Halloween is behind us, and you know what that means: The holiday season has descended. This time of year is a photographer's dream come true: Between now and January, it seems that every few weeks we have a new reason to put lighted decorations outside the house. In the past I've given you some general advice for taking holiday photos, but this year I thought it would be fun to take an in-depth look at the best ways to take photos of those holiday lights. You can use these tips over and over again this fall, whether you're shooting Halloween, Chanukah, Christmas, or New Year's events.
Preparing Your Camera
When you head out to shoot some holiday lights, be sure to make sure your camera is ready. You can get good results with almost any sort of camera--you don't need a digital SLR--but I do recommend using a tripod. Nighttime exposures are always somewhat slow, and it's just not possible to freeze the action when the shutter is open for a whole second.
If you don't have a tripod, you can consider propping the camera on top of a bean bag (or a bean bag-like gadget, such as The Pod (http://www.thepod.ca). Bean bags are handy because they conform to the shape of the camera as well as to the shape of whatever you're placing the camera on.
When to Shoot
This is the most important part of the stew--and the ingredient that most people omit when they try taking holiday lighting photos.
The typical shots of holiday lights--the ones you see all the time--are taken at night, long after the sun is gone and the background is in total darkness. In these photos, the lights are bursting at the seams, and the background is abject darkness. There's little context, and no drama. These photos aren't bad, but they lack a certain vitality.
The remedy? Shoot shortly after sunset, when there's still some light in the sky.
Set up in front of the lighting display when there's still plenty of light in the sky, at least half an hour before the sky goes totally dark. You should be able to see the display lights, but they should still be fighting the natural light in the sky.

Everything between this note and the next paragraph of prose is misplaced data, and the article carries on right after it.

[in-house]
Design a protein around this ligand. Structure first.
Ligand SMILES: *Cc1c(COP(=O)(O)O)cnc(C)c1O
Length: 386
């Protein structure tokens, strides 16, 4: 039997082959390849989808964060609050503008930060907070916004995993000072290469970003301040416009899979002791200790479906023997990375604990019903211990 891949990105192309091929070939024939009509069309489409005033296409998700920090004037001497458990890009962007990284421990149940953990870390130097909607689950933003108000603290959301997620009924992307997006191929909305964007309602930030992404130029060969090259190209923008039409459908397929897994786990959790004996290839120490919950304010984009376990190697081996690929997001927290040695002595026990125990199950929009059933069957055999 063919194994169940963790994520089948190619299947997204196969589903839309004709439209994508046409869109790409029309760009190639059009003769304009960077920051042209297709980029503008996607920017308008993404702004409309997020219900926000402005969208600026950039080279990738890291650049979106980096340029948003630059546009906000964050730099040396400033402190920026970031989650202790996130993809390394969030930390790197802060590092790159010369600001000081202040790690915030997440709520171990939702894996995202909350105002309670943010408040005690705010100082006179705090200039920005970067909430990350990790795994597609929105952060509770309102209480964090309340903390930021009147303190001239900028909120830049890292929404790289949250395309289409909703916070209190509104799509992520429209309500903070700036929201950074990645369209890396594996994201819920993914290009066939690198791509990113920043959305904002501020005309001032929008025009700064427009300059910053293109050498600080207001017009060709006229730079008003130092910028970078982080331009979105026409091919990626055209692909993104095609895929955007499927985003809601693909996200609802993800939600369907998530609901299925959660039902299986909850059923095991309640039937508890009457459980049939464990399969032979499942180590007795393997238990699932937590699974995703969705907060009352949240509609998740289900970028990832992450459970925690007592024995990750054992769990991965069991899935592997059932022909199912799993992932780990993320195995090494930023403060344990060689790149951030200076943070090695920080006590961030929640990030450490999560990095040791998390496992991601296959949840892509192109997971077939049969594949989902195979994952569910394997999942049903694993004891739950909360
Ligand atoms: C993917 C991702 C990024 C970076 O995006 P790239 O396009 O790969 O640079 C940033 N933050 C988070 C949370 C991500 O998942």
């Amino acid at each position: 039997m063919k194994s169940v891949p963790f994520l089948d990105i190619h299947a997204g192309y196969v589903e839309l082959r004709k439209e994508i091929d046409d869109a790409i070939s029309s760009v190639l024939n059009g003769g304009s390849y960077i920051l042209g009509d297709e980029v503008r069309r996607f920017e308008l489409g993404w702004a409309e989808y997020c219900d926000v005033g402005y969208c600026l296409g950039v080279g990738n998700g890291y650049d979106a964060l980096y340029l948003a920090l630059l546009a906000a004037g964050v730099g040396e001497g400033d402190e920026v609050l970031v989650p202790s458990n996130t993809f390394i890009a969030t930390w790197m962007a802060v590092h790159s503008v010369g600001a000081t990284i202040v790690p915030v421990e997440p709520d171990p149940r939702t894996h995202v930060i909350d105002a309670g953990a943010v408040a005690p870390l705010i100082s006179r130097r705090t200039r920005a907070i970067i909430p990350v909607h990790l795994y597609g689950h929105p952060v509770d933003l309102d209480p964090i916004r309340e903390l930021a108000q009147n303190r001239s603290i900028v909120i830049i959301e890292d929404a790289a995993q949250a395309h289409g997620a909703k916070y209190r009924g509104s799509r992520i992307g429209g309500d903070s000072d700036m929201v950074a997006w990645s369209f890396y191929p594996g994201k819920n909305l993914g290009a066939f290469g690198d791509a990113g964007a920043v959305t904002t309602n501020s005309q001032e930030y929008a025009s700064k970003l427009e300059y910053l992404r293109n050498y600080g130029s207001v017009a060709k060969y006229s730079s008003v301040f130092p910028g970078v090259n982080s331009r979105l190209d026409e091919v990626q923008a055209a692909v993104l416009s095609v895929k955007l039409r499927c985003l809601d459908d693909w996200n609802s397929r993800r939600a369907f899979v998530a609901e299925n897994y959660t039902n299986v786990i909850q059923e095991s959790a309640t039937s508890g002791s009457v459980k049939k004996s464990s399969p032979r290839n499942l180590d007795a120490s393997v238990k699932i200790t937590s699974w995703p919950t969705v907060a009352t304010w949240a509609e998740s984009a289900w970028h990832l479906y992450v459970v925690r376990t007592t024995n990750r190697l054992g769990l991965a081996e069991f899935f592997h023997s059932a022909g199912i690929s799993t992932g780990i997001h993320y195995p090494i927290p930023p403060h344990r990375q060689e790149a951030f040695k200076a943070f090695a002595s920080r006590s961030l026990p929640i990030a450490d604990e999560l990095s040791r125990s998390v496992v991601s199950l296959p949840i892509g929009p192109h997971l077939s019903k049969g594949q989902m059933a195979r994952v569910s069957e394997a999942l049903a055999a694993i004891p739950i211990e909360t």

Setting Your Exposure
One last thing to consider before you start shooting: the exposure settings. If your camera lets you adjust the white balance, you should set it to "tungsten" or "incandescent." These settings will give you a richer, bluer sky as well as better lights.
You can leave the camera on its automatic setting, but if you can dial in manual and adjust aperture and shutter separately, you can try starting with f/8 and a half second. To change the overall exposure, open the shutter longer (for a brighter scene) or shorter (for less exposure). To make the strings of holiday lights brighter and more dramatic, open the aperture (a smaller number--like f/4).
If the lights are already too bright and overexposed, you can throttle the aperture down to f/11.
The bottom line? Experiment.
Frame the Scene
Getting to the scene early enough is more than half the battle. Start taking some photos and check the results you're getting. As the sky gets darker, you'll start to hit a sweet spot in which the background sets a dramatic tone for your photos, but the lighting takes over the foreground and becomes the "protagonist" in your scene.
Be sure to take a lot of photos and try a number of different angles, but you're guaranteed to get some great photos if you "go wide" and include a lot of sky.
This approach means you won't be able to shoot a lot of different locations in a single night, but the holidays last for months--you've got plenty of time.